University researchers have made significant contributions to the field of wireless communications for many years. A large number of dissertations and thesis reports have been published, incorporating the results of laboratory experiments and simulations which have proven to be very useful in determining the actual performance of technologies amid all the marketing claims made by OEMs and service providers. In addition, we must not detract from the fact that academia has played a basic role in the development of new technologies that have shaped the future of wireless communications. I want to specifically mention the development of wireless sensor networking through various projects sponsored by IEEE and ZigBee Alliance and other organizations which ultimately resulted in open global standards such as ZigBee and IEEE 802.15.4 and the company has sponsored proprietary standards such as Texas Instruments SimpliciTI and XBee DigiMesh. These technologies use a number of algorithms / protocols such as ANT COLONY, SPIN, GOSSIP, FLOOD, etc. which were developed by graduate students in wireless communications. In this blog, I present here some new challenges that students should undertake to support the changing directions of new technologies engaged in a kind of technological warfare across the world. Some of the challenges requiring academic attention are:
(a) Positioning of WiMAX over LTE in fixed and mobile wireless communications applications – is IEEE 802.16e-2005 as successful as IEEE 802.16d-2004 in light of the competition with LTE ?
(b) TTR-R2 vs. LTE – are they entering another tech war of the future?
(c) Who will win the race to become valid 4G technology – LTE or WiMAX or both?
(d) Will the IP multimedia subsystem see the light of day in the world’s largest telecommunications markets – such as India and China?
(e) How will IEEE 802.11n stack up against its predecessors and WiMAX for indoor wireless applications?
(f) What will happen to the large number of IEEE 802.11n WiFi Alliance certified products after the ratification of the IEEE 802.11e standard for a true implementation of QoS (having both EDCF and HCF) ?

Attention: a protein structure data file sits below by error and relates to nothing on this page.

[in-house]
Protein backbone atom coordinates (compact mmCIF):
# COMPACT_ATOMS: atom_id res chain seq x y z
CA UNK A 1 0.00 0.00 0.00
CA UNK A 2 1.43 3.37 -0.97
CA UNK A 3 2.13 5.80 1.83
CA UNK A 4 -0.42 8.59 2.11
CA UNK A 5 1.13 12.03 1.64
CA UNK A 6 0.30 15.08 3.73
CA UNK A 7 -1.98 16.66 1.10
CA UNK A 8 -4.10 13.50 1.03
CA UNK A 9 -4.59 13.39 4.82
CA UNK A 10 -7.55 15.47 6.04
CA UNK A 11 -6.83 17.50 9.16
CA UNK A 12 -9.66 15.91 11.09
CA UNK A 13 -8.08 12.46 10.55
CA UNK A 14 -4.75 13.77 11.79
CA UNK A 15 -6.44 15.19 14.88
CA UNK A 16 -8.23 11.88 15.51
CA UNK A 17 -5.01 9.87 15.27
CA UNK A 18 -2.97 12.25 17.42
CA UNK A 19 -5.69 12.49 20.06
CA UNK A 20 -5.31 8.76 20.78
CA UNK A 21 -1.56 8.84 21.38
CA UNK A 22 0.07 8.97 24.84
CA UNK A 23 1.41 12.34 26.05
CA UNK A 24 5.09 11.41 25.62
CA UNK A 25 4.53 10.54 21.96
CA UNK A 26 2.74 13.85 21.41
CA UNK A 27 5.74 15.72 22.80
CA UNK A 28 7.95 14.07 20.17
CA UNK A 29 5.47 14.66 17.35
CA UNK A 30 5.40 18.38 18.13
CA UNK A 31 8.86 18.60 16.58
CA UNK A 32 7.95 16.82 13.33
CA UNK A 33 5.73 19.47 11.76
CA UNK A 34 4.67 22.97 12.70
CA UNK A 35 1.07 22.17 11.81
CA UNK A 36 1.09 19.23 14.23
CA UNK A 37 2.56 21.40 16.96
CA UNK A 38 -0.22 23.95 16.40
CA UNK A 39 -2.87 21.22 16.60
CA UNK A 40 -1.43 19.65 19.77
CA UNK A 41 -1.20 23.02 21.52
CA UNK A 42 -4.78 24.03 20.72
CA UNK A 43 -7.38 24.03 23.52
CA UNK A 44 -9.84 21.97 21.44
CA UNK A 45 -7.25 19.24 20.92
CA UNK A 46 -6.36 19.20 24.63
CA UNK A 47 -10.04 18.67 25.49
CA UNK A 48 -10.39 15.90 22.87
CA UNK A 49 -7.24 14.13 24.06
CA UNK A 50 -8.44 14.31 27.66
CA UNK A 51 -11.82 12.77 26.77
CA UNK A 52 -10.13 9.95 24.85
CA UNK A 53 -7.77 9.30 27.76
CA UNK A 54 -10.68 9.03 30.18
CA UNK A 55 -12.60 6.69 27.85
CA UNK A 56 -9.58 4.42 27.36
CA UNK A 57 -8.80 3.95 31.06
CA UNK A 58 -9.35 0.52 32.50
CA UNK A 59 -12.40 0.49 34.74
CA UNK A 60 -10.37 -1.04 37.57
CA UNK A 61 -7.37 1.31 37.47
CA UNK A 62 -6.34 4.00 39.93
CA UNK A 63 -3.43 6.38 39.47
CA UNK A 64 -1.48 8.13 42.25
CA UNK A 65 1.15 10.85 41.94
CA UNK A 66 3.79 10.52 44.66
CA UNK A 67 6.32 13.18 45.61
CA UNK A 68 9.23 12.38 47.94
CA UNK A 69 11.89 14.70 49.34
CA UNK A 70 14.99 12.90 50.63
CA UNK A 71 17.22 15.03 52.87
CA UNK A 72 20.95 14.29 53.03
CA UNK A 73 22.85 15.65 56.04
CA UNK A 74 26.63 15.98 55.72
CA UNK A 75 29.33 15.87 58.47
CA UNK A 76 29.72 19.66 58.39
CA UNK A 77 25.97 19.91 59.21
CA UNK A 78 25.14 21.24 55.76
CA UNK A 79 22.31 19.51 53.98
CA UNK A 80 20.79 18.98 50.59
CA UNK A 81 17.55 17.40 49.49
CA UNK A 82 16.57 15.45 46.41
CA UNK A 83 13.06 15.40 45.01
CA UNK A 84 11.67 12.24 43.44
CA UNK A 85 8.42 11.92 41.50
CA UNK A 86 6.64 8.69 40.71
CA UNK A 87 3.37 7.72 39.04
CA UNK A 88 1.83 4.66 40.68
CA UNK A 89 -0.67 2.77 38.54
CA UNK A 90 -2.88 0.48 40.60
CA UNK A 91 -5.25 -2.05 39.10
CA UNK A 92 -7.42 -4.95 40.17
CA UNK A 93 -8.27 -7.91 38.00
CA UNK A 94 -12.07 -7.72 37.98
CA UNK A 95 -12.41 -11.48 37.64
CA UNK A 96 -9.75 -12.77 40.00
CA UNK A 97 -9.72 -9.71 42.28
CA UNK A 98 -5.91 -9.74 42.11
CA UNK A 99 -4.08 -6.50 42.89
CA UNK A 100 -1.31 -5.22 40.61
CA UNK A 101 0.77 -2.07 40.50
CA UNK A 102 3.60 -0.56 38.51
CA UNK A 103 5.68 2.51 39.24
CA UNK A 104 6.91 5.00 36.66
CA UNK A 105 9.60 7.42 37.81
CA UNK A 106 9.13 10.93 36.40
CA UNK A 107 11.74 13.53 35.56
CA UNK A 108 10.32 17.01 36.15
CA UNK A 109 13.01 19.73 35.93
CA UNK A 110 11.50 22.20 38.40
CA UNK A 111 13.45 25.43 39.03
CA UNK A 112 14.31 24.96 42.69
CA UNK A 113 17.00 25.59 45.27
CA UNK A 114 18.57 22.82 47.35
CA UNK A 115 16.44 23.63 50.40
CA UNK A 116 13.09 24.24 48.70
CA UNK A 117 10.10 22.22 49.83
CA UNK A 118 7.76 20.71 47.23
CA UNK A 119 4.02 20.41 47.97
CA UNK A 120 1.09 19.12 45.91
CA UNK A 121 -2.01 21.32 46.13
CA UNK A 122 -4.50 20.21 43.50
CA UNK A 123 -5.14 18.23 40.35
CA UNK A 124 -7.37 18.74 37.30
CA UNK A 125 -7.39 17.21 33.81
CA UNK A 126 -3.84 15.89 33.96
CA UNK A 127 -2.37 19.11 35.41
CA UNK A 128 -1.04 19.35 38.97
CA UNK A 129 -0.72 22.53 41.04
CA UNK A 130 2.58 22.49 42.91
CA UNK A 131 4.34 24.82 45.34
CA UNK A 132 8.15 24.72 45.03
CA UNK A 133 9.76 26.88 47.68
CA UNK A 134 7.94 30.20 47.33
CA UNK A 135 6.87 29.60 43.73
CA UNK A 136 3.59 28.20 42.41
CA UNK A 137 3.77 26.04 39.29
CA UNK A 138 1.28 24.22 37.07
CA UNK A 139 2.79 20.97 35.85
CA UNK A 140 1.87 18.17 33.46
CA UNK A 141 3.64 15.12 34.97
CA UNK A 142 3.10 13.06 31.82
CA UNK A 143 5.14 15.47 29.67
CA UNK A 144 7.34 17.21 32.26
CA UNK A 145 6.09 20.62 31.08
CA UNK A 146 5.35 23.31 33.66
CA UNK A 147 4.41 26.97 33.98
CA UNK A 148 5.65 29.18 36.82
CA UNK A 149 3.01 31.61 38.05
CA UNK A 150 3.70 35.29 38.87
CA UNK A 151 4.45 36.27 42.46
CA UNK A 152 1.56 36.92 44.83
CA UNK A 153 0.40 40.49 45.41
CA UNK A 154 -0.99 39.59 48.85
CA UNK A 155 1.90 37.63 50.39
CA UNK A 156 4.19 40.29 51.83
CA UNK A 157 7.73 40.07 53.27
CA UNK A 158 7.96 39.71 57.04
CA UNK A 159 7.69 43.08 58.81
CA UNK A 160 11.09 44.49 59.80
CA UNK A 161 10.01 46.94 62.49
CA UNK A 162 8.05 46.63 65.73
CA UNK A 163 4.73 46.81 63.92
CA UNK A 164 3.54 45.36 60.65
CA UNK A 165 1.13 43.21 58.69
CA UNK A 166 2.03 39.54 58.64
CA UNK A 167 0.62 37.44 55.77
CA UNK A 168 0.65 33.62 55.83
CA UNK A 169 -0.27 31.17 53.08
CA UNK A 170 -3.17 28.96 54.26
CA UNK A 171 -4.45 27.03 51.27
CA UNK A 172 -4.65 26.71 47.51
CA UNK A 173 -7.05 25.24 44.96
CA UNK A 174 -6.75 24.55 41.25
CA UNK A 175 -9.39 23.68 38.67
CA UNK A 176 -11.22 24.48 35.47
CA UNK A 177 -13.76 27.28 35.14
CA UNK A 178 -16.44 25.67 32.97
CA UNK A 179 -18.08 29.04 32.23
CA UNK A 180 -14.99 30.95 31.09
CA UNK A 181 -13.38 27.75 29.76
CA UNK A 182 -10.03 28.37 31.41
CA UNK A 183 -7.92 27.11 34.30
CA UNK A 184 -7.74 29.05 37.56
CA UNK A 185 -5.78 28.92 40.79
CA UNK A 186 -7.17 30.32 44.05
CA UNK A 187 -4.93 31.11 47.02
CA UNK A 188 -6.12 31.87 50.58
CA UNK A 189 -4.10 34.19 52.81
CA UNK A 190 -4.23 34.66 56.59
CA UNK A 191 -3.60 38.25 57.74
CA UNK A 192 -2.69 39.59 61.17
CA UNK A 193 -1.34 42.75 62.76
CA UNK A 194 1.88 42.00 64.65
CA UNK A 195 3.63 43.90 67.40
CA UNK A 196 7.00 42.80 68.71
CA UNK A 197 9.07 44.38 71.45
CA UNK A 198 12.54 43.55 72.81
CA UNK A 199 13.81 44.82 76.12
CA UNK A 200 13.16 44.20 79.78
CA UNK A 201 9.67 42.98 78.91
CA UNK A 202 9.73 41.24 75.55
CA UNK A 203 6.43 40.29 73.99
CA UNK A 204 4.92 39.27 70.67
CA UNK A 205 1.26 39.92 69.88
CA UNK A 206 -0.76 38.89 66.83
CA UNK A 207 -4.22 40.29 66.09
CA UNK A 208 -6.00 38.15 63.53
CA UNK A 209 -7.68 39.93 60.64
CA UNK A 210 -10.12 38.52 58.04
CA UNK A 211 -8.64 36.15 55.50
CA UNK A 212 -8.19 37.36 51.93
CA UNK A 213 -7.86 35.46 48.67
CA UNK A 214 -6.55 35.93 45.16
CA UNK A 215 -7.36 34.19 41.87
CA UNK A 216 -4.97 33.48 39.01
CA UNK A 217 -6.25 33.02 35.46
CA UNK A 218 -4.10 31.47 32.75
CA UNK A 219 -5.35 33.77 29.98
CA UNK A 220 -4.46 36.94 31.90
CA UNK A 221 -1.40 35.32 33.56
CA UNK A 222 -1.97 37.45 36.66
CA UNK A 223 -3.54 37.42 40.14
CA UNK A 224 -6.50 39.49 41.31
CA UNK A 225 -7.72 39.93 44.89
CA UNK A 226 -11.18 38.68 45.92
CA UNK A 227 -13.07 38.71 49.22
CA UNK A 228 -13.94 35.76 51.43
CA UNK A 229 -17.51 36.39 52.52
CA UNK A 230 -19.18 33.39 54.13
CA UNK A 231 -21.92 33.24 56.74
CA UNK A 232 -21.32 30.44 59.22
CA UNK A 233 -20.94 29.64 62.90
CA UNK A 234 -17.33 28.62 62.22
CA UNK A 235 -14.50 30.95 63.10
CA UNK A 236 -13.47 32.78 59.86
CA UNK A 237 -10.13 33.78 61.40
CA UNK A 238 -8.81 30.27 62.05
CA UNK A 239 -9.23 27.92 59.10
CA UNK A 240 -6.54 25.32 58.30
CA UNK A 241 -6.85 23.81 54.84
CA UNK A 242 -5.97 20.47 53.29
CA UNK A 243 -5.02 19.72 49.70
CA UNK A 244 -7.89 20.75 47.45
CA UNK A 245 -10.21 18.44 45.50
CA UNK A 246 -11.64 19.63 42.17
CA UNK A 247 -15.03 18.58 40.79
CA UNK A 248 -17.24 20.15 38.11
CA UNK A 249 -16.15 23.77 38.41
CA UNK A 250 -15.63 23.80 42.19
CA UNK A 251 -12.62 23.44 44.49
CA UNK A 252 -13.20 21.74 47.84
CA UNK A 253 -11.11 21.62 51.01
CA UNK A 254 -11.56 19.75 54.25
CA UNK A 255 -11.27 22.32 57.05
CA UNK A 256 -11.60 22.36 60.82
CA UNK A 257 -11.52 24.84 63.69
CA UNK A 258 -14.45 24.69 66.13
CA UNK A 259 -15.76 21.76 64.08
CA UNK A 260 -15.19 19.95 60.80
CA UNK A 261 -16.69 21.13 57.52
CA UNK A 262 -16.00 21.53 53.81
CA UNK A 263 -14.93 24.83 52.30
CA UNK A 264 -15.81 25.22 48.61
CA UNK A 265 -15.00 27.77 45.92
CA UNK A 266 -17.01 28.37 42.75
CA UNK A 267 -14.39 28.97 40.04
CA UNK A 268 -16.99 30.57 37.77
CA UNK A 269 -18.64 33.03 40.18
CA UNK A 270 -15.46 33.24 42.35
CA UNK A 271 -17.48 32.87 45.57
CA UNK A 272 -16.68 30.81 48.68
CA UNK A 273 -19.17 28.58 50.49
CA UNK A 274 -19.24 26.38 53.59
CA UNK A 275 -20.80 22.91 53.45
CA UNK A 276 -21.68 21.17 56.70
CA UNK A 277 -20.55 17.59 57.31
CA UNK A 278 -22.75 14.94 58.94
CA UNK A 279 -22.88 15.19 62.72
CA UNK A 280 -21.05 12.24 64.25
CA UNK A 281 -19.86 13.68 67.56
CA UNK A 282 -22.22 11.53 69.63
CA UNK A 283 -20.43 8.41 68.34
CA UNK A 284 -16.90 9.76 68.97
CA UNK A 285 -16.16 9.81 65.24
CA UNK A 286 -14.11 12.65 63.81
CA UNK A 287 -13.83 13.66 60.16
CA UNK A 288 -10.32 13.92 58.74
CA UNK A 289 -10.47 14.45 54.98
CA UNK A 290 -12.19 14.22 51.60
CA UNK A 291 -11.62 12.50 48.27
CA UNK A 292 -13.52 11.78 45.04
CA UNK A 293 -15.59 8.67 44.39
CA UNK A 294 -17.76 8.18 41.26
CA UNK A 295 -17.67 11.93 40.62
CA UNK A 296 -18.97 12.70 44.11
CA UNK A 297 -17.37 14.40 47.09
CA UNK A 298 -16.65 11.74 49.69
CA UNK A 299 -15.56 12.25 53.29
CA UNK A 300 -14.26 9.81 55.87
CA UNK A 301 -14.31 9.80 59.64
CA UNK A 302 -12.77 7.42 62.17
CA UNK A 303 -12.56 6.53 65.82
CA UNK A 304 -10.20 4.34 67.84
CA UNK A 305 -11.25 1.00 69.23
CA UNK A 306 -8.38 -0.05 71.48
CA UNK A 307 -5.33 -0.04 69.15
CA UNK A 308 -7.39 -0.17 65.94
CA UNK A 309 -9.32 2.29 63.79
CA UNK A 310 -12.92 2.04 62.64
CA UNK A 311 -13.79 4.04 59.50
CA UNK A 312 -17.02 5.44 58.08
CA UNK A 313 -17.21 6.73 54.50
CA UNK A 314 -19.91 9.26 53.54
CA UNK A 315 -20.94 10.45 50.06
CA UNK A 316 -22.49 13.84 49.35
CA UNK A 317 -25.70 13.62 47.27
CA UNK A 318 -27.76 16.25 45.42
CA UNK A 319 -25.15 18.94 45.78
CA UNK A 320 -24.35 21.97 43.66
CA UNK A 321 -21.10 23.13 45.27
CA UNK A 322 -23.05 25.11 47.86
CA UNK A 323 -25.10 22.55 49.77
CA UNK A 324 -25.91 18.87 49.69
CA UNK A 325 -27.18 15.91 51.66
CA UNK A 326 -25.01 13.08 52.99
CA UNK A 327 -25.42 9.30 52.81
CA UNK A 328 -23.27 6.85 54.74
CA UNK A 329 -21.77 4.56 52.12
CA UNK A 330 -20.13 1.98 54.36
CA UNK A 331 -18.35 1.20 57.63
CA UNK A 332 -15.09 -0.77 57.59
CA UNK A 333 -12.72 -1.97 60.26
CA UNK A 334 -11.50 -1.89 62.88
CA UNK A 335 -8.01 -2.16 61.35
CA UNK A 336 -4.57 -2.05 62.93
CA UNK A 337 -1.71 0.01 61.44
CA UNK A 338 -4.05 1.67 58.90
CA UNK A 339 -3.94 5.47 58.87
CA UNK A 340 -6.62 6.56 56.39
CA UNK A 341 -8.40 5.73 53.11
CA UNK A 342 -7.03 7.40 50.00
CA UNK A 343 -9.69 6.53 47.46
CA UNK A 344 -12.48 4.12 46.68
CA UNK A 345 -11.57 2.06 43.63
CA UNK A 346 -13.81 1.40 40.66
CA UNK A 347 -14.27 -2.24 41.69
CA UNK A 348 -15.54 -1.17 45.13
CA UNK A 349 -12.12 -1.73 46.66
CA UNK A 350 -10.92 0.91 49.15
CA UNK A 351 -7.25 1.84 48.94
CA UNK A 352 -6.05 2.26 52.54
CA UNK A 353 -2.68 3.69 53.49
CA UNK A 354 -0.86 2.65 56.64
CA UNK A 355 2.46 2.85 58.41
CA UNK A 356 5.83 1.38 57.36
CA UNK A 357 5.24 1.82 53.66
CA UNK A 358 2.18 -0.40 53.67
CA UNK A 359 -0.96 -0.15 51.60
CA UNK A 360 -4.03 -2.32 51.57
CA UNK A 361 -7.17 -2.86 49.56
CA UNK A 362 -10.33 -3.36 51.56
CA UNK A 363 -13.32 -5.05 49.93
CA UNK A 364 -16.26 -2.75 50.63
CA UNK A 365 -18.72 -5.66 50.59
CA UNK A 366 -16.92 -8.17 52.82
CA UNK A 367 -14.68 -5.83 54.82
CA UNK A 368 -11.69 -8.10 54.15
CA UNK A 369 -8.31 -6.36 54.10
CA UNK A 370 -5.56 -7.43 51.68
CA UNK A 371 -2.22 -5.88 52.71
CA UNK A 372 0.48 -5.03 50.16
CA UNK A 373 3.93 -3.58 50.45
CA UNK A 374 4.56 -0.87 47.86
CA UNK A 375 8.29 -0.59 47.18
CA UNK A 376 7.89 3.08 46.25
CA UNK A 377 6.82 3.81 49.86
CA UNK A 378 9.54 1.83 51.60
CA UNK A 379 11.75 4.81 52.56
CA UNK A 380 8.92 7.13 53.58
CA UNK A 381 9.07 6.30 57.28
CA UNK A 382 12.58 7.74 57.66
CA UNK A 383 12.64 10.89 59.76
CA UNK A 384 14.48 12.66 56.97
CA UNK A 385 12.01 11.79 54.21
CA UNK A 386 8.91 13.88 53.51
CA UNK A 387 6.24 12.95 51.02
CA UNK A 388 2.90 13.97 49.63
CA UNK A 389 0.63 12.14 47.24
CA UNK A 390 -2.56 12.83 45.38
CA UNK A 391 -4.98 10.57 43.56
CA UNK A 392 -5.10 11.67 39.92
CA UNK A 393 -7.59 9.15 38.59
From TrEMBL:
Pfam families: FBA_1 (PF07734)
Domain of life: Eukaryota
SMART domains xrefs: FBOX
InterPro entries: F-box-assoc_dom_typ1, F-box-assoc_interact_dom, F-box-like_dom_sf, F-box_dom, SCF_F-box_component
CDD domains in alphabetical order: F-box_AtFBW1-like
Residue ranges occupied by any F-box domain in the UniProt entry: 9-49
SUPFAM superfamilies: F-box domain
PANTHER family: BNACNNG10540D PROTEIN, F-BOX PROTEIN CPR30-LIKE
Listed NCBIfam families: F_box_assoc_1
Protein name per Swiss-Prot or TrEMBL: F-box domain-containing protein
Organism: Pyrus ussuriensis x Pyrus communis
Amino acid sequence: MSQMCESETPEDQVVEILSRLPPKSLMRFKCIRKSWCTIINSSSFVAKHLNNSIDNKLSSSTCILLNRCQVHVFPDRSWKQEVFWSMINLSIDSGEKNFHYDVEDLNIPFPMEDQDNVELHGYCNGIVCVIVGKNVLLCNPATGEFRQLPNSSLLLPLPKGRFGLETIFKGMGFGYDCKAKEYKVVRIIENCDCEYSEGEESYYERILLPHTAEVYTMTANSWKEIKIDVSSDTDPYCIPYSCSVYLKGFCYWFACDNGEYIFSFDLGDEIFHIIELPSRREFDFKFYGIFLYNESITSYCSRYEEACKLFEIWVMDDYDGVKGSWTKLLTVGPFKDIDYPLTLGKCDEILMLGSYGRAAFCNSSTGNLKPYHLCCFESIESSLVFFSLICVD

(g) Does IP multimedia over wireless show synergies between several technologies – WiFi, WiMax, 3G and LTE?
(h) Will the dream of a global location server for the SIP addresses of mobile phone users, regardless of country and service provider, ever come true?
(i) How do wireless solutions based on SIP and the IP v6 address space come together?
(j) Positioning of 4G contenders on user devices – laptops, PDAs, Pocket PCs, tablets, mobile handsets, iPods, etc.
(k) Positioning WiMAX and LTE as return links – can they replace fiber optic links?
(l) QoS for VoIP over satellite links – the only solution left to connect high altitude cities to metropolitan cities via mobile telephony.
A number of professional research has been published recently to address these areas. Many of them claim to be impartial. But I personally believe that academic researchers, known to conduct more unbiased and valid studies, have yet to adequately contribute to these areas. I suggest that students taking advanced courses in wireless communications develop new topics in these areas and conduct research for their future thesis and research projects. If all the current challenges are put on the table, I can visualize over 100 topics on which students and academic researchers can undertake research assignments. Some of these topics have already been addressed by students, but a greater contribution is required from the academic world. Tools such as OPNET IT GURU and OMNET ++ can be used to simulate various real network solutions to verify the behavior and performance of modern wireless technologies in a laboratory environment. Personally, I like OPNET IT GURU because of its ability to simulate real world wireless products (like the Cisco Aironet series). But OMNET ++ offers more flexibility thanks to its programming interface. The OPNET IT GURU Academic Edition is offered free to students by Opnet Technologies Inc. as part of their academic program. The academic version has all the functionality of OPNET except that it can simulate a maximum of 50 million events, which is more than enough to simulate any network model created for academic research.
Source by Sourabh Kishore